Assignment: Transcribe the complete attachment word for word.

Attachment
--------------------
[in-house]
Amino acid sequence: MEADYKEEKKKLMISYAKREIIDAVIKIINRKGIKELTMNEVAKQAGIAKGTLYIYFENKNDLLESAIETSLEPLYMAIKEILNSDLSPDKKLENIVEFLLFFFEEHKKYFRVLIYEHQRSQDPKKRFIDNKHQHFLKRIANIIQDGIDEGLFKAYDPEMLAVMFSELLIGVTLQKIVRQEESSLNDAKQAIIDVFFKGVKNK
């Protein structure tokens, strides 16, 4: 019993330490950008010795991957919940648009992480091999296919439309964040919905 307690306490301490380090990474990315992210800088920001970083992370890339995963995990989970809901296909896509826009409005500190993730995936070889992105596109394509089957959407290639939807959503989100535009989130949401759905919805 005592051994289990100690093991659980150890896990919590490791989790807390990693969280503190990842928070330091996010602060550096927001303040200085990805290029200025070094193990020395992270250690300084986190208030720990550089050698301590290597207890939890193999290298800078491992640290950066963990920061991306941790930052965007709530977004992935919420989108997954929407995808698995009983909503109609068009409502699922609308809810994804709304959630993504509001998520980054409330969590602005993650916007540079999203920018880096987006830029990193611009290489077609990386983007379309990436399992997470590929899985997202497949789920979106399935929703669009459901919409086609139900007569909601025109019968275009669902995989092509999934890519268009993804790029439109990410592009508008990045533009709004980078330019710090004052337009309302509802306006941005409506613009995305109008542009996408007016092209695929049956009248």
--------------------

[in-house]
Amino acid sequence: MEADYKEEKKKLMISYAKREIIDAVIKIINRKGIKELTMNEVAKQAGIAKGTLYIYFENKNDLLESAIETSLEPLYMAIKEILNSDLSPDKKLENIVEFLLFFFEEHKKYFRVLIYEHQRSQDPKKRFIDNKHQHFLKRIANIIQDGIDEGLFKAYDPEMLAVMFSELLIGVTLQKIVRQEESSLNDAKQAIIDVFFKGVKNK
């Protein structure tokens, strides 16, 4: 019993330490950008010795991957919940648009992480091999296919439309964040919905 307690306490301490380090990474990315992210800088920001970083992370890339995963995990989970809901296909896509826009409005500190993730995936070889992105596109394509089957959407290639939807959503989100535009989130949401759905919805 005592051994289990100690093991659980150890896990919590490791989790807390990693969280503190990842928070330091996010602060550096927001303040200085990805290029200025070094193990020395992270250690300084986190208030720990550089050698301590290597207890939890193999290298800078491992640290950066963990920061991306941790930052965007709530977004992935919420989108997954929407995808698995009983909503109609068009409502699922609308809810994804709304959630993504509001998520980054409330969590602005993650916007540079999203920018880096987006830029990193611009290489077609990386983007379309990436399992997470590929899985997202497949789920979106399935929703669009459901919409086609139900007569909601025109019968275009669902995989092509999934890519268009993804790029439109990410592009508008990045533009709004980078330019710090004052337009309302509802306006941005409506613009995305109008542009996408007016092209695929049956009248």